During a marriage, you share a lot of things. A house, a room, a bed and oftentimes a car or two. In addition, some spouses own a business together or separately. When the desire for unity ends, you probably want to stop sharing as well.
Divorcing couples need to divide a plethora of assets. You might worry about your ex-spouse receiving an unfair amount of payments.
Double dipping not just a term used when splitting an appetizer. In a divorce, double-dipping is a practice that calculates an asset for two different agendas. It can result in one spouse getting double payments from a single asset.
Divorce is complicated. Matters get trickier when a business is involved with the marital assets. There’s a possibility one spouse will receive not only the cash value of a business, but also receive future benefits from the business. The outcome doesn’t appear to be very balanced.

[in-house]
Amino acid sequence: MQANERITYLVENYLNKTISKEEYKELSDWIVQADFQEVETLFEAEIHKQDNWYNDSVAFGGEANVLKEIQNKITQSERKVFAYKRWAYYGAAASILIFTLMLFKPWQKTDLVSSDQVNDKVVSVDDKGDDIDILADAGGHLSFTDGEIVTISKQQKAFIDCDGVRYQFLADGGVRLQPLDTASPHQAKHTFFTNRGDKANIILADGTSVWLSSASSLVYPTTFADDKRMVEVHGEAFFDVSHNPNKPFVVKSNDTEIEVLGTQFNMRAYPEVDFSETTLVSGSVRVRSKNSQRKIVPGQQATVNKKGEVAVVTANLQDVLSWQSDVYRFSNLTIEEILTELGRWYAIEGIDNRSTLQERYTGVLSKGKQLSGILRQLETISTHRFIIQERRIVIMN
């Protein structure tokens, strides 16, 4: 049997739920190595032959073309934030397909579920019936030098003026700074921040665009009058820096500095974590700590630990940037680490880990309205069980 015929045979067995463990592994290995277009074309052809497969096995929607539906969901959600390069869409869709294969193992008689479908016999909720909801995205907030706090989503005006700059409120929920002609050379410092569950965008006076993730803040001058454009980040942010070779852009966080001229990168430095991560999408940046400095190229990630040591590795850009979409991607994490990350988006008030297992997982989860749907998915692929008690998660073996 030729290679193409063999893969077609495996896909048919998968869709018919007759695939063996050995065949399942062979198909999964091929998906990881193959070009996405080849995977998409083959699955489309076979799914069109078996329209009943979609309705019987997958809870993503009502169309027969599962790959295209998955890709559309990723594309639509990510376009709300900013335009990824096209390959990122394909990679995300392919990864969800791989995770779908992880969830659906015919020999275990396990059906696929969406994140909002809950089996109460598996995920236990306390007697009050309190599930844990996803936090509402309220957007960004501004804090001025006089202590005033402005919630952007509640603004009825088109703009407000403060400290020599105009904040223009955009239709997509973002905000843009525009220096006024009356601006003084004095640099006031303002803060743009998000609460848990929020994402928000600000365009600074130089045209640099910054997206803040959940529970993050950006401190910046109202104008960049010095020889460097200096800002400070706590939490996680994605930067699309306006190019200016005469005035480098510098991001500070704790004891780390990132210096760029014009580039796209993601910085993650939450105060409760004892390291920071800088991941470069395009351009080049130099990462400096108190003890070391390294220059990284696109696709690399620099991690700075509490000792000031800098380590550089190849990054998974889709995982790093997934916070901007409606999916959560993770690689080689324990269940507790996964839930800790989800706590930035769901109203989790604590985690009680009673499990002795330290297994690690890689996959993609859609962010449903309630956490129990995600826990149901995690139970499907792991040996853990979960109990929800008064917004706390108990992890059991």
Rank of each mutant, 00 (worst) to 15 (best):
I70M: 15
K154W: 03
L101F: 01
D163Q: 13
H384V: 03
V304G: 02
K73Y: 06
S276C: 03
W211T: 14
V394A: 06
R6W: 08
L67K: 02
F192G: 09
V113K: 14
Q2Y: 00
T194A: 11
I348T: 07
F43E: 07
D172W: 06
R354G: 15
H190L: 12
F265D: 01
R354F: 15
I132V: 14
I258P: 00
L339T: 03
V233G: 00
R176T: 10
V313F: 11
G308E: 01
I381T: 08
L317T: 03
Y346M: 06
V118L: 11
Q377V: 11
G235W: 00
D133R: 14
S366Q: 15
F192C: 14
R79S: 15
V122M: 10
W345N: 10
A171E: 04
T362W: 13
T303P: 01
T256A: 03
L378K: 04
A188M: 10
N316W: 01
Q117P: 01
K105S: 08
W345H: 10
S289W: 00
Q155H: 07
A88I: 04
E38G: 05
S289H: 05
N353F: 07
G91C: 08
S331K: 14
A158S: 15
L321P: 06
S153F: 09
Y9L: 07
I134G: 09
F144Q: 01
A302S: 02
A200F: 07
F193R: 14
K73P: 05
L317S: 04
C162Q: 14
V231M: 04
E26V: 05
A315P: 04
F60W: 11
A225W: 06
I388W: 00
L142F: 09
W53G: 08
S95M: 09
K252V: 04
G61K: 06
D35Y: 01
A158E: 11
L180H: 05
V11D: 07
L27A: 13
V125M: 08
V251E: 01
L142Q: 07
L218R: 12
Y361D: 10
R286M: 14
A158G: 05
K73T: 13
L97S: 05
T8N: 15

When does double dipping usually occur?
Double dipping in a divorce is usually an issue when the value of one spouse’s future income is tied in with the value of their business. The practice most commonly occurs when dealing with pensions, although other assets can be involved. Sometimes this situation is unavoidable, especially when there are multiple business partners.
Nonetheless, there are ways to minimize the danger of double dipping in the valuation of a business. The asset approach estimates the fair market value of the business, while an income approach considers the business’s cash flow. Meeting with an experienced divorce lawyer is a good first step. It’s important to be prepared and go over all your options.